Although Peck's earlier work was met with widespread popular acceptance, his work on the topics of evil and possession has generated significant debate and derision. Much was made of his association with (and admiration for) the controversial Malachi Martin, a Roman Catholic priest and a former Jesuit, despite the fact that Peck consistently called Martin a liar and manipulator. Other criticisms leveled against Peck include misdiagnoses based upon a lack of knowledge regarding dissociative identity disorder (formerly known as multiple personality disorder), and a claim that he had transgressed the boundaries of professional ethics by attempting to persuade his patients into accepting Christianity.

See also







Notes

  1. But see Daemon
  2. Google.com; Antony and Cleopatra Act II, Scene 3
  3. Boyce, 1987; Black and Rowley, 1987; Duchesne-Guillemin, 1988.
  4. Freud (1950, 65), quoting Wundt (1906, 129).
  5. VEDA - Vedas and Vedic Knowledge Online - Vedic Encyclopedia, Bhakti-yoga in vedas, Library
  6. Isaiah 13:21, 34:14
  7. Leviticus 16:10ff
  8. Isaiah 34:14 - where the KJV Bible translates the Hebrew word 'lilith' as "screech owl"
  9. Canticles 2:7, 3:5
  10. See Delitzsch, Assyrisches Handwörterbuch. pp. 60, 253, 261, 646; Jensen, Assyr.-Babyl. Mythen und Epen, 1900, p. 453; Archibald Sayce, l.c. pp. 441, 450, 463; Lenormant, l.c. pp. 48-51.
  11. compare Isaiah xxxviii. 11 with Job xiv. 13; Psalms xvi. 10, xlix. 16, cxxxix. 8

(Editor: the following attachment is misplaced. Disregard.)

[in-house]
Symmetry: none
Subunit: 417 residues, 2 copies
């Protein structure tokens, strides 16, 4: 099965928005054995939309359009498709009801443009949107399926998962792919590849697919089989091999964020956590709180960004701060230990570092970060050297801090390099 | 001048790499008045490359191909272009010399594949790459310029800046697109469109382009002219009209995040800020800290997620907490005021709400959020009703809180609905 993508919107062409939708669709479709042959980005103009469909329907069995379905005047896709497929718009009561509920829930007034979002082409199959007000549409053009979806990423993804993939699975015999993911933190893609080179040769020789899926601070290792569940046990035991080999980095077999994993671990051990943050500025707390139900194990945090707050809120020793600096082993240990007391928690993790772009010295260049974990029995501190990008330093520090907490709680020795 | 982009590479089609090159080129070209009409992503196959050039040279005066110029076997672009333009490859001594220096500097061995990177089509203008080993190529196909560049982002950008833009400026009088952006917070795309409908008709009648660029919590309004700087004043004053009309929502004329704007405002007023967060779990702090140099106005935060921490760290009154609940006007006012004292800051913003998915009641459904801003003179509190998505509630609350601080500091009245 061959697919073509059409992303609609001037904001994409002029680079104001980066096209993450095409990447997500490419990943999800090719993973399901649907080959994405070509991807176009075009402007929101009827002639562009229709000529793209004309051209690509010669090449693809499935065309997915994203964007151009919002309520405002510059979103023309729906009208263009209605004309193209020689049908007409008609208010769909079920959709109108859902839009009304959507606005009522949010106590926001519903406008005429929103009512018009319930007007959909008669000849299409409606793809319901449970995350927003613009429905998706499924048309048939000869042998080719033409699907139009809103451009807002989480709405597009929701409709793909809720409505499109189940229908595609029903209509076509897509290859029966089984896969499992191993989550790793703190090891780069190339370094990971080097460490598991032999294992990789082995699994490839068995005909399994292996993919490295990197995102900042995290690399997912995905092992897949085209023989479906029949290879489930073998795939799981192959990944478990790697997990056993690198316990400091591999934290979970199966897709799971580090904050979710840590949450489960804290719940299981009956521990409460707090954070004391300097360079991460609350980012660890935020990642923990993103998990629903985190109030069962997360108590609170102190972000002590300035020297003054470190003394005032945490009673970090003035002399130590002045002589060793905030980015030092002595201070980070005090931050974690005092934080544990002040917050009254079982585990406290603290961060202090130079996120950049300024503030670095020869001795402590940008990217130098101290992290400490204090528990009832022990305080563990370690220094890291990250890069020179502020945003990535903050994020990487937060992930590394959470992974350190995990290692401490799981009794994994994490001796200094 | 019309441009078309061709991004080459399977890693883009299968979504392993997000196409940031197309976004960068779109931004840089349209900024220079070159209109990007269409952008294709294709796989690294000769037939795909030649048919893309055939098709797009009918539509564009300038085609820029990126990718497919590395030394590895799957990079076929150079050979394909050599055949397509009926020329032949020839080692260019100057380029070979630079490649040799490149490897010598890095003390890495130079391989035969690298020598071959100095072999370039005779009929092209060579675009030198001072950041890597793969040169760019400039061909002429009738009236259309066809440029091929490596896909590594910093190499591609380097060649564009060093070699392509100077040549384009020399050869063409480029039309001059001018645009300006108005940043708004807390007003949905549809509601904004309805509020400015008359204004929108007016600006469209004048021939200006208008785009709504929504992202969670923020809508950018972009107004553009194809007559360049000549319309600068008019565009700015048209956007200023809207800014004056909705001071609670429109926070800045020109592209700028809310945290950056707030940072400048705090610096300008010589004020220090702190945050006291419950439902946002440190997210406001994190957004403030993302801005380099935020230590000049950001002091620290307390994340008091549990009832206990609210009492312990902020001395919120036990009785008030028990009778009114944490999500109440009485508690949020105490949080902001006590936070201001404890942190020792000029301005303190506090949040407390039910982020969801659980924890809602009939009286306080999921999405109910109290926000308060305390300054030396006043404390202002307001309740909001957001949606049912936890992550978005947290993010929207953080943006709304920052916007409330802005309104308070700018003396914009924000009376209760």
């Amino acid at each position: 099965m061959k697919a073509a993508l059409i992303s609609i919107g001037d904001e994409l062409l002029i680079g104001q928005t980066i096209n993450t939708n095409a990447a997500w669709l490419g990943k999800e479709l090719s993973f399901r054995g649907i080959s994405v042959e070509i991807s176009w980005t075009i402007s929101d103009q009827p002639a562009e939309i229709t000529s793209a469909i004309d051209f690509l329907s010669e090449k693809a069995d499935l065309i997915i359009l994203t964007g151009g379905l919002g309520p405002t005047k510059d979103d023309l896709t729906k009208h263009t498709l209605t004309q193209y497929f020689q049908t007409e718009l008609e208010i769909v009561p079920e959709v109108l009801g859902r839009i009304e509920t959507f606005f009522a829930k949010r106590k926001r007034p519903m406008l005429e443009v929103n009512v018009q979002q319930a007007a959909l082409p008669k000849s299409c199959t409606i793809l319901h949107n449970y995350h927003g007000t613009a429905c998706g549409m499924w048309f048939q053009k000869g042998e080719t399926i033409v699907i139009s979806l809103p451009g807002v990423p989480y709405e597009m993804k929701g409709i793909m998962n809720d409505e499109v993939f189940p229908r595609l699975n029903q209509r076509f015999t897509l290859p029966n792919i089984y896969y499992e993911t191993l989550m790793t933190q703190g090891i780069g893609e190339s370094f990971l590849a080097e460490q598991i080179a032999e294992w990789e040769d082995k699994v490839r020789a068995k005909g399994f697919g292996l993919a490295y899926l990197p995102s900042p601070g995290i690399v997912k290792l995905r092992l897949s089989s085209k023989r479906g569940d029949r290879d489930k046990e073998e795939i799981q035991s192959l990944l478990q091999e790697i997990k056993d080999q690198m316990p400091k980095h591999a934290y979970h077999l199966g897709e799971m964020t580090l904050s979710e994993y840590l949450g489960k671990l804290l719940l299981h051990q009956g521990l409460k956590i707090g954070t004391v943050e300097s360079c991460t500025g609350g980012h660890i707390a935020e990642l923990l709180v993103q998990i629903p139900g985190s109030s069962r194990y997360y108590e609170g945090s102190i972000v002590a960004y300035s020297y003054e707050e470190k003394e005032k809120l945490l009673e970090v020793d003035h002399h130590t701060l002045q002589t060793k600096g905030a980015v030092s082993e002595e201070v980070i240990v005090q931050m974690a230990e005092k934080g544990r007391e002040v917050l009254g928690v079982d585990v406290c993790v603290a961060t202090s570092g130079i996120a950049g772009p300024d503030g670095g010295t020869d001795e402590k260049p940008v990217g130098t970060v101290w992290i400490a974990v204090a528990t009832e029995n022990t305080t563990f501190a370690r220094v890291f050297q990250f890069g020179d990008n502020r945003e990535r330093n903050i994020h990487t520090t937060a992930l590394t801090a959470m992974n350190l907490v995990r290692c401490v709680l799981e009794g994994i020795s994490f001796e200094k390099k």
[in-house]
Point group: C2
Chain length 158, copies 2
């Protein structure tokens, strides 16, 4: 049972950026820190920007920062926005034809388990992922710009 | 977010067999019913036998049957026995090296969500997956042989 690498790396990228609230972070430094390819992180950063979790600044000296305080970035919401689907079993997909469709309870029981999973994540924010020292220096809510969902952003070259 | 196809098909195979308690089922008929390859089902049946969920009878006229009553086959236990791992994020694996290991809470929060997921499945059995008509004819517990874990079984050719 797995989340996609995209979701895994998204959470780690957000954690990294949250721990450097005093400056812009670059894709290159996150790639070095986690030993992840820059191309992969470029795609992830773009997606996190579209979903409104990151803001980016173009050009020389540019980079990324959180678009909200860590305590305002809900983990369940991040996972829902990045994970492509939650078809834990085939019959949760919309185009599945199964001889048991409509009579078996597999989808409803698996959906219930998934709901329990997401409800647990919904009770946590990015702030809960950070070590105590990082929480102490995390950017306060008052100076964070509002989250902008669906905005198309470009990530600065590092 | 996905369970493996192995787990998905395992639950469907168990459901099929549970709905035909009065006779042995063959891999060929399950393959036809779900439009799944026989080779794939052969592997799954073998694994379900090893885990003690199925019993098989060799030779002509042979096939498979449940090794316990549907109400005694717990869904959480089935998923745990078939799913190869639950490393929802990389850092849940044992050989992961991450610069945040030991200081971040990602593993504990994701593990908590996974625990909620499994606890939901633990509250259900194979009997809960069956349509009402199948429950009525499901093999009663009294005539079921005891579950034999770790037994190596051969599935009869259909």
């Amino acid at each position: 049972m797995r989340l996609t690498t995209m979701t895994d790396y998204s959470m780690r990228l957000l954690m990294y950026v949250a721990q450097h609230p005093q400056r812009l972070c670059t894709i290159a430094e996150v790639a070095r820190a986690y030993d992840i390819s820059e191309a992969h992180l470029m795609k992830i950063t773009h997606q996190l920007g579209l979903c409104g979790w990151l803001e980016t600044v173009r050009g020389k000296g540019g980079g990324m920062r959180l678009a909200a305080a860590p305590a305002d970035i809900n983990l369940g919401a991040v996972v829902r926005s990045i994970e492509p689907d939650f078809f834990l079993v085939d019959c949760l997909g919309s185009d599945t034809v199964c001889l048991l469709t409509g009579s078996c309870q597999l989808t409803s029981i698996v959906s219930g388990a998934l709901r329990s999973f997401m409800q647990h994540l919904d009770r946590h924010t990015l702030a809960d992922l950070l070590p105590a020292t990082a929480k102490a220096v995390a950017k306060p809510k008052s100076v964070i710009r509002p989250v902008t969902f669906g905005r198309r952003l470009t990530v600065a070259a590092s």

12. Pesachim 112a; Avodah Zarah 12b
  13. Bellum Judaeorum vii. 6, § 3
  14. "Antiquities" viii. 2, § 5
  15. Targ. to Eccl. i. 13; Pes. 110a; Yer. Shek. 49b
  16. Pes. 112b; compare B. Ḳ. 21a
  17. B. B. 73b; 'Er. 100b; Nid. 24b
  18. Gen. R. xx.; 'Er. 18b
  19. Genesis 6:2, 4, also see Nephilim
  20. Augustine of Hippo, City of God, ch. 11: Of the Opinion of the Platonists, that the Souls of Men Become Demons When Disembodied.
  21. [1]
  22. Important Arguments from Descartes' Meditations by David Banach Department of Philosophy, St. Anselm College (retrieved 8-24-2007)
  23. People of the Lie: The Hope For Healing Human Evil (1983)
  24. Glimpses of the Devil: A Psychiatrist's Personal Accounts of Possession, Exorcism, and Redemption (2005).
  25. The exorcist, an interview with M. Scott Peck by Rebecca Traister published in Salon
  26. The Patient Is the Exorcist, an interview with M. Scott Peck by Laura Sheahen
  27. The devil you know, a commentary on Glimpses of the Devil by Richard Woods


References

  • Wundt, W. (1906). Mythus und Religion, Teil II (Völkerpsychologie, Band II). Leipzig.
  • Castaneda, Carlos (1998). The Active Side of Infinity. HarperCollins NY ISBN 0-06-019220-8


Further reading